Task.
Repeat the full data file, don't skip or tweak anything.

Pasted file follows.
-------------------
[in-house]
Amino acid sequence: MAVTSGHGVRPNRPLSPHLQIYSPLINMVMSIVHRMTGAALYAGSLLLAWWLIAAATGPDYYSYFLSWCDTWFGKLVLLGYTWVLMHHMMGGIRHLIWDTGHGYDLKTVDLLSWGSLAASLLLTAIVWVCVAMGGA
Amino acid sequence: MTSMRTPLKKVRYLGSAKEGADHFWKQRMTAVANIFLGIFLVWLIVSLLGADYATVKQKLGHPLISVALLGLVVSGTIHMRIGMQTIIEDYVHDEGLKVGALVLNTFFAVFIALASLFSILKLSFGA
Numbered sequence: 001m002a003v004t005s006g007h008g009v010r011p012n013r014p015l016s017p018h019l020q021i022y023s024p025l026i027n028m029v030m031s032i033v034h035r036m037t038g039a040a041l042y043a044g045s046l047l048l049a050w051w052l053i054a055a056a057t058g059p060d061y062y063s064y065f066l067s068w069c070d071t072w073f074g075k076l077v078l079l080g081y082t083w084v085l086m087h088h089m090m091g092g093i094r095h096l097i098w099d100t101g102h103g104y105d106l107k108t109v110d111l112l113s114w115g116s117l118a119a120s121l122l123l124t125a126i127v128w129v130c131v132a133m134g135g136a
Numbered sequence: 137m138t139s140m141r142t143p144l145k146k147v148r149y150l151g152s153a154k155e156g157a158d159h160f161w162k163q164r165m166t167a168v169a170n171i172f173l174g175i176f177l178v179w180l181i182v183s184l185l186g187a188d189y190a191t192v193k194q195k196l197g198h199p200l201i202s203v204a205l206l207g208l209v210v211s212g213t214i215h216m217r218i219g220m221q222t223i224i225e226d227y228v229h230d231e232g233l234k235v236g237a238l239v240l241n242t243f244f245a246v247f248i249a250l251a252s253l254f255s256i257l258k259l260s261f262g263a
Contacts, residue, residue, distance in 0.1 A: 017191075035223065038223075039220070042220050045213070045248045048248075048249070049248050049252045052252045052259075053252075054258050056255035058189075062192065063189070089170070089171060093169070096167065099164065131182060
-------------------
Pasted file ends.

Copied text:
[in-house]
Amino acid sequence: MAVTSGHGVRPNRPLSPHLQIYSPLINMVMSIVHRMTGAALYAGSLLLAWWLIAAATGPDYYSYFLSWCDTWFGKLVLLGYTWVLMHHMMGGIRHLIWDTGHGYDLKTVDLLSWGSLAASLLLTAIVWVCVAMGGA
Amino acid sequence: MTSMRTPLKKVRYLGSAKEGADHFWKQRMTAVANIFLGIFLVWLIVSLLGADYATVKQKLGHPLISVALLGLVVSGTIHMRIGMQTIIEDYVHDEGLKVGALVLNTFFAVFIALASLFSILKLSFGA
Numbered sequence: 001m002a003v004t005s006g007h008g009v010r011p012n013r014p015l016s017p018h019l020q021i022y023s024p025l026i027n028m029v030m031s032i033v034h035r036m037t038g039a040a041l042y043a044g045s046l047l048l049a050w051w052l053i054a055a056a057t058g059p060d061y062y063s064y065f066l067s068w069c070d071t072w073f074g075k076l077v078l079l080g081y082t083w084v085l086m087h088h089m090m091g092g093i094r095h096l097i098w099d100t101g102h103g104y105d106l107k108t109v110d111l112l113s114w115g116s117l118a119a120s121l122l123l124t125a126i127v128w129v130c131v132a133m134g135g136a
Numbered sequence: 137m138t139s140m141r142t143p144l145k146k147v148r149y150l151g152s153a154k155e156g157a158d159h160f161w162k163q164r165m166t167a168v169a170n171i172f173l174g175i176f177l178v179w180l181i182v183s184l185l186g187a188d189y190a191t192v193k194q195k196l197g198h199p200l201i202s203v204a205l206l207g208l209v210v211s212g213t214i215h216m217r218i219g220m221q222t223i224i225e226d227y228v229h230d231e232g233l234k235v236g237a238l239v240l241n242t243f244f245a246v247f248i249a250l251a252s253l254f255s256i257l258k259l260s261f262g263a
Contacts, residue, residue, distance in 0.1 A: 017191075035223065038223075039220070042220050045213070045248045048248075048249070049248050049252045052252045052259075053252075054258050056255035058189075062192065063189070089170070089171060093169070096167065099164065131182060